mon 23/11/2020

Don't Think | reviews, news & interviews

Don't Think

Don't Think

The Chemical Brothers concert film is a startling psychedelic rave trip

You are all his children now - coulrophobes look away

The Chemical Brothers have long had one of the most vital shows around. It’s a visual spectacular that can only be likened to peak-time Pink Floyd or Jean-Michel Jarre, yet precision-tooled, without the bombast of those acts. Their long-term visual designer, Adam Smith, is mostly responsible and now he’s shot a concert film of the electronic duo’s appearance at the Fuji Rock Festival in Japan last year.

The Chemical Brothers have long had one of the most vital shows around. It’s a visual spectacular that can only be likened to peak-time Pink Floyd or Jean-Michel Jarre, yet precision-tooled, without the bombast of those acts. Their long-term visual designer, Adam Smith, is mostly responsible and now he’s shot a concert film of the electronic duo’s appearance at the Fuji Rock Festival in Japan last year. Smith has directed a few bits and bobs before, notably the BBC adaptation of Little Dorrit, and he’s the perfect choice to take the Chemical Brothers experience into the cinema.

He doesn’t, however, look very comfortable at the front of the Vue Cinema in Leicester Square, introducing his film alongside producers Marcus Lyall and Lee Goombridge. With his umbrella, hat and very English manner Smith comes across like an escapee from The Avengers, quickly apologises for his presence and gets off. This is probably partly because it’s not a regular press screening so much as a cinema filled with the Chemical Brothers’ mates and associates, grizzled old ravers and cheeky chaps, as well Ed Simons, one half of the duo. Also present, adding a touch of unexpected glamour, are actresses Rosamund Pike and (I think) Jaime Winstone. All this, along with the fact the cinema has a bar, creates a real atmosphere. I mention this because a film on a big screen with a sense of occasion and a decent sound system is a very different proposition to the same on TV or, worse still, an iPhone.

chems gunmenDon’t Think begins with the Beatles' admonition to “turn off your mind and float downstream”, followed by images of floating cutlery. It’s an apt welcome to the Chemicals Brothers’ psychedelic world. Don’t Think gets inside the festival and rave experience, really engages with it, partly by ramming the visuals relentlessly at the viewer and partly by having four of Smith’s 20 cameras roving handheld in the ecstatic crowd. At one point the action even wanders away from the stage as a female festival-goer has a severe hallucinatory attack of clown fear - coulrophobia - stumbling about the stalls and back-lots. Unnervingly, breaking the fourth wall, I run into the same woman when I dash to the gents midway through the film. And so to the clowns. For many years the Chemical Brothers have made brilliant play of the sinister aspects of clowns. Many appear throughout but one of the film’s stand-out moments, as with any Chemicals’ show, is the most frightening-looking clown of all, vast and evil, announcing in unremittingly Satanic tones, “You are all my children now.” It works every time and does so in the film.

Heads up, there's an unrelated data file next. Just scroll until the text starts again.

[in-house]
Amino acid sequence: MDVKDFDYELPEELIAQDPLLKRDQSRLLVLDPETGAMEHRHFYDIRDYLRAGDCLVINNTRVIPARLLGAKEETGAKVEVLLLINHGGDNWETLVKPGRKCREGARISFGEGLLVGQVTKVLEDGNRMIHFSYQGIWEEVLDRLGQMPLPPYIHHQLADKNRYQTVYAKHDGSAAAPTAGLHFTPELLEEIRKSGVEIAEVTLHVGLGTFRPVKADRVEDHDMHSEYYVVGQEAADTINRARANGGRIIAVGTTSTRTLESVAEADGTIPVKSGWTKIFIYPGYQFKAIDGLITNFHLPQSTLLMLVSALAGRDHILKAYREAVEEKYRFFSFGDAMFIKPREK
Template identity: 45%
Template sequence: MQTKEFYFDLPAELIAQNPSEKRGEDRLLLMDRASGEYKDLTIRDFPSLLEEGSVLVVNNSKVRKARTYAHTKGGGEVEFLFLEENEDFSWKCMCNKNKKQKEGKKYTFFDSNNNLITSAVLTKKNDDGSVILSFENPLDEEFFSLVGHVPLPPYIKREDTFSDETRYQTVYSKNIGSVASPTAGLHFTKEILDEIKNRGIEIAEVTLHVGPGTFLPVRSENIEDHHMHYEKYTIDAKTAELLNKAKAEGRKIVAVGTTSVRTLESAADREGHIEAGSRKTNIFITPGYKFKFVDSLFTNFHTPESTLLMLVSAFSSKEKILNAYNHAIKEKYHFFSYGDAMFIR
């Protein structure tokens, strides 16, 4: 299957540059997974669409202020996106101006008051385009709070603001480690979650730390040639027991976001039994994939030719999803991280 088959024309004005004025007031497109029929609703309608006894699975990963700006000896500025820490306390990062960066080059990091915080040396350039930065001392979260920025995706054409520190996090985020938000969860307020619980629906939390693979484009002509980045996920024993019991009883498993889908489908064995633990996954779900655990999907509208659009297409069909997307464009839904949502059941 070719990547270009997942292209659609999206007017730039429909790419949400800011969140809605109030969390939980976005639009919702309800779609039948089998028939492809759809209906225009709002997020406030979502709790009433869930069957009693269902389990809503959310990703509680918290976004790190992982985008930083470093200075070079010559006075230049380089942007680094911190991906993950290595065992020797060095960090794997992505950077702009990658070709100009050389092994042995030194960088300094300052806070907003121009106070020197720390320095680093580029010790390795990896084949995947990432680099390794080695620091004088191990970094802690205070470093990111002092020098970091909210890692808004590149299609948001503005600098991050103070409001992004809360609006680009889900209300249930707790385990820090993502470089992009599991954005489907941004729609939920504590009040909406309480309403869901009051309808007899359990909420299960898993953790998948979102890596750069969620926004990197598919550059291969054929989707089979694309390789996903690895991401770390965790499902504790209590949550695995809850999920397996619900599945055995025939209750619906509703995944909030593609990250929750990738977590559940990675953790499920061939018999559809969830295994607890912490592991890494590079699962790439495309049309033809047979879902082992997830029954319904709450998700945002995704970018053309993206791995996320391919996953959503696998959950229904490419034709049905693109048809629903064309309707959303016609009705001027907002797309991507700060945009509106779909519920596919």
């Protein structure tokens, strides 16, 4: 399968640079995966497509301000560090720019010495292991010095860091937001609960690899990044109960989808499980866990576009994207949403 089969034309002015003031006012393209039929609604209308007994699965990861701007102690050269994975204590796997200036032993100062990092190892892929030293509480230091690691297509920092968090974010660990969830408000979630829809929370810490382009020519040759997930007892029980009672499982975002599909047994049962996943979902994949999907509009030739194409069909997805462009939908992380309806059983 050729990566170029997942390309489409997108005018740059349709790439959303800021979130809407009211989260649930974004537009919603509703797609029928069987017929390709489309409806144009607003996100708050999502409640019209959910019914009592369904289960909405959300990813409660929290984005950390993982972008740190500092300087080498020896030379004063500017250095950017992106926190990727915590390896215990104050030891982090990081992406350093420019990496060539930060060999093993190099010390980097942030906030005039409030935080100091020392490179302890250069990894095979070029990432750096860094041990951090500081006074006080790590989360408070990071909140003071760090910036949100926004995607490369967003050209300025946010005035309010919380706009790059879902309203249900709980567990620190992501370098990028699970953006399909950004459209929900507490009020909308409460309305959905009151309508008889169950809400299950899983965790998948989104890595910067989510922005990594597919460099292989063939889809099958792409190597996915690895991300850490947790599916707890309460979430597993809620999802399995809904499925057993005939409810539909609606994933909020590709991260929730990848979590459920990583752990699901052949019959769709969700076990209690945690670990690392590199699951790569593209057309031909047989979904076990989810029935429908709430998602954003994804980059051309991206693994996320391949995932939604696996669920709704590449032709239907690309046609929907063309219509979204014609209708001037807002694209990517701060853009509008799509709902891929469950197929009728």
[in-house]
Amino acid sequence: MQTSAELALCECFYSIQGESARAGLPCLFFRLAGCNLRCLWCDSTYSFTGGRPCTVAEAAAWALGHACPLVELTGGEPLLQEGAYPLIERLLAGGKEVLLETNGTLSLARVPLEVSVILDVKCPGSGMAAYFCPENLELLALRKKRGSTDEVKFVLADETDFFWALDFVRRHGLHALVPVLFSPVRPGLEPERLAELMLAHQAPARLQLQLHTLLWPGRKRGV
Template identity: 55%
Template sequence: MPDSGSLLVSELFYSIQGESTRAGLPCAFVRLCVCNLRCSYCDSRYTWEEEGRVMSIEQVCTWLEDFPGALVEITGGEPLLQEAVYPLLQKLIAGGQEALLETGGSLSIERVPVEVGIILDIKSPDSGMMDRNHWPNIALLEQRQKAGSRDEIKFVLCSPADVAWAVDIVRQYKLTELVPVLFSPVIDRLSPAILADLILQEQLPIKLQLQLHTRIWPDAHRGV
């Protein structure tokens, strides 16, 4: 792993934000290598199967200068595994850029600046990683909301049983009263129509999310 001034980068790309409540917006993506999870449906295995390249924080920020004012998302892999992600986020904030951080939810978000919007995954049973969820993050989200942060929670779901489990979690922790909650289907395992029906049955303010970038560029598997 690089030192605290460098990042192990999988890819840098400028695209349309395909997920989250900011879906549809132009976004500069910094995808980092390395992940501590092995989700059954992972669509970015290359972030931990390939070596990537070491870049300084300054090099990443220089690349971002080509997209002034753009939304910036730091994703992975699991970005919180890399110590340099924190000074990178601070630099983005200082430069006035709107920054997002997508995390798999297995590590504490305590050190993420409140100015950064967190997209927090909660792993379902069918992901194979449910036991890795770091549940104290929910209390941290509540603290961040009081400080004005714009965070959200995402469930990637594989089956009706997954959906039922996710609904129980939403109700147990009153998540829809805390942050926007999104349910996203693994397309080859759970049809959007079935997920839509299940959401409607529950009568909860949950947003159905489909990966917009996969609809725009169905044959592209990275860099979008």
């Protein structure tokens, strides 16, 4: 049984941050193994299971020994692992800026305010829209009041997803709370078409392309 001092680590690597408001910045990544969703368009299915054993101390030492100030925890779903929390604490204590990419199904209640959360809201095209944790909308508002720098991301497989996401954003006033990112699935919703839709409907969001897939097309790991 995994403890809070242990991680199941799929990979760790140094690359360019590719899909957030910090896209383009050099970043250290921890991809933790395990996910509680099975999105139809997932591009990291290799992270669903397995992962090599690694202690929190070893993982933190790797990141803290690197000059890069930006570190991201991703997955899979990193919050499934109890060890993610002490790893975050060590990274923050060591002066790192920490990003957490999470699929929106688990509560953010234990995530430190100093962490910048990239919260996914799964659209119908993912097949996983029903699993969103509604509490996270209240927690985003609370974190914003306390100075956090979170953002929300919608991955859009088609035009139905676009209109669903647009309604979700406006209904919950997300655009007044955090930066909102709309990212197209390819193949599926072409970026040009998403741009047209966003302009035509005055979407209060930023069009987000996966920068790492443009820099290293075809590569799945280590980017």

Yes, the whole thing is hugely narcotic, in an effervescent celebratory way

The music is phenomenal too. The Chemical Brothers have become standard bearers for Nineties-style rave, as in massive techno-flavoured music that somehow crosses over into the rock arena, despite no level of compromise. Tracks such as “Hey Boy, Hey Girl”, “Out of Control”, “Believe”, “Do It Again” and, of course, their 1995 breakthrough tech-funk monster “Leave Home” have never sounded better than in the context of this film. The whole package constantly reminds that, apart from sex, raving on drugs is about as much raw fun as it’s possible for the human body to have. So, yes, the whole thing is hugely narcotic, in an effervescent celebratory way, with the array of startling, trippy imagery constantly disorientating - insane impossible architecture, fizzing light squalls, robots, exploding teapots, dancing gunmen and much, much more.

Occasionally we see them too, two ordinary-looking blokes at their buttons, exchanging satisfied glances with each other. They are the Wizards of Oz, the geezers in the machine and with Don’t Think they have, yet again, opened out the rave experience for more people to enjoy. I am unsure whether someone who had never been raving would slip straight into it and be swept away as I was – it would be interesting to know – but Don’t Think is a thoroughly exhilarating ride that makes the festival season seem far too far away.

Watch the trailer for Don't Think


Don’t Think gets inside the festival and rave experience, really engages with it, partly by ramming the visuals relentlessly at the viewer

rating

Editor Rating: 
4
Average: 4 (1 vote)

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